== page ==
Disaster relief practice at Gosport navy base

The science, technology, engineering and maths event at HMS Sultan

The science, technology, engineering and maths event at HMS Sultan

Hundreds of families were elated after the announcement HMS Invincible could arrive in Portsmouth within a week

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  • HMS Sultan held a Stem event to inspire young people to get involved with engineering
  • They were tasked with designing and making a boat to fit with a disaster relief scenario
  • Other activities at the event included flight simulators, making gliders and seeing inside helicopters
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youngsters got a taste of life as an engineer at HMS Sultan.

The base in Gosport took part in a science, technology, engineering and maths event, hosting a challenge to test the skills of the visitors.

The science, technology, engineering and maths event at HMS Sultan

The science, technology, engineering and maths event at HMS Sultan

Faced with a real-life scenario, 25 teams of four had to design and build a boat capable of clearing items from the surface and seabed of a small West Indian island’s harbour following a severe hurricane. Model islands were created and points were given to the teams who cleared the most debris into the safety zones using their hand-made boats.

As well as the competition, the young engineers, from Bay House School, Brune Park Community School, HMS Sultan, HMS Collingwood and students from university technology colleges from around the country, got to take part in other activities. That included flight simulators, making gliders, revving diesel ship engines and seeing inside helicopters.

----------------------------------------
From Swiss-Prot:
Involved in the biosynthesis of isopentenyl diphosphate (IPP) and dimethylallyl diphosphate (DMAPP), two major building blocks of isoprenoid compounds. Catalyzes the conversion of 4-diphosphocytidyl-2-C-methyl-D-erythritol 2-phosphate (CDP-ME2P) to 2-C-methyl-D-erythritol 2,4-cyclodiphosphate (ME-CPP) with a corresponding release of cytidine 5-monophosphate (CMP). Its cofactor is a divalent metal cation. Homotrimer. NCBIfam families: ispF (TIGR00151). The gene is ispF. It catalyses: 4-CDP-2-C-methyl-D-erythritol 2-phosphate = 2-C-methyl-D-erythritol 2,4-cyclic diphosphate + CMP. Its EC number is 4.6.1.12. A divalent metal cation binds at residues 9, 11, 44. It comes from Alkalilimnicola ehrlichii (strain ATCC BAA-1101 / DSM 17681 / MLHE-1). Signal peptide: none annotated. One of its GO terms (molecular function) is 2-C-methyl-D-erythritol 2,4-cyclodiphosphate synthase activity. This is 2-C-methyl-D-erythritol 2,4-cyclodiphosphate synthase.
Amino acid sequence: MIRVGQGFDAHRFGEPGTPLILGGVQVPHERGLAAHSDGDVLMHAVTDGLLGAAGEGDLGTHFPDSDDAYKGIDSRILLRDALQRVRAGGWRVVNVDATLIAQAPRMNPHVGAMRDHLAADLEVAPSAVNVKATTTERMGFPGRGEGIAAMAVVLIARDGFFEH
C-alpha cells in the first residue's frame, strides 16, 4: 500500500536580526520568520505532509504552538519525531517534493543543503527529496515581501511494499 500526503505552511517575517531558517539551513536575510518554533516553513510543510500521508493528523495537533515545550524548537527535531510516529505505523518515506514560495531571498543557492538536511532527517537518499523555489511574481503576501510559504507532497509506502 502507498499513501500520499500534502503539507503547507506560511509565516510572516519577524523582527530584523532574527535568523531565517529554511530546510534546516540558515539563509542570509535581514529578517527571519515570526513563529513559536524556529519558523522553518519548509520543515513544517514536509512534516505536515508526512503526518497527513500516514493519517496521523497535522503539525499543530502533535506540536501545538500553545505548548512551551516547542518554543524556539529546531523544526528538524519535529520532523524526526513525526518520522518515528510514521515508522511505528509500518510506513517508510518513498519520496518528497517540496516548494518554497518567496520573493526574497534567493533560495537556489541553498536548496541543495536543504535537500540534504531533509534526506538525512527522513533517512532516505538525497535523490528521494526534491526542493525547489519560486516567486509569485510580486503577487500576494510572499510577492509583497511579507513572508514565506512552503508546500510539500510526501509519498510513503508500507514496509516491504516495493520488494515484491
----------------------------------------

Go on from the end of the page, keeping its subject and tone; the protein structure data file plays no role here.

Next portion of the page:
Benjamin Barry, a Year 12 student from Bay House School in Gomer Lane, said: ‘I enjoyed taking part in the engineering challenge and seeing what other boats people designed.

‘It’s amazing how different all the designs were considering we were given one brief for the same scenario.’

The whole event is about inspiring young people to get involved in engineering and see what it can offer.

Benjamin praised the Stem event saying it was good to get practical experience.

‘We’re doing studies at school for engineering so it’s good to get out and get hands-on experience with some great tools and equipment,’ he said.

The event was important for the Royal Navy to encourage more young people to take up engineering.

Captain Andy Cree, who helped organise the event, said: ‘It’s about inspiring young people to get involved in engineering and see what it can offer.

‘The Stem day allowed them to see engineering from ship engines to gliders.

‘Young people taking part can learn and be inspired while having a lot of fun.’

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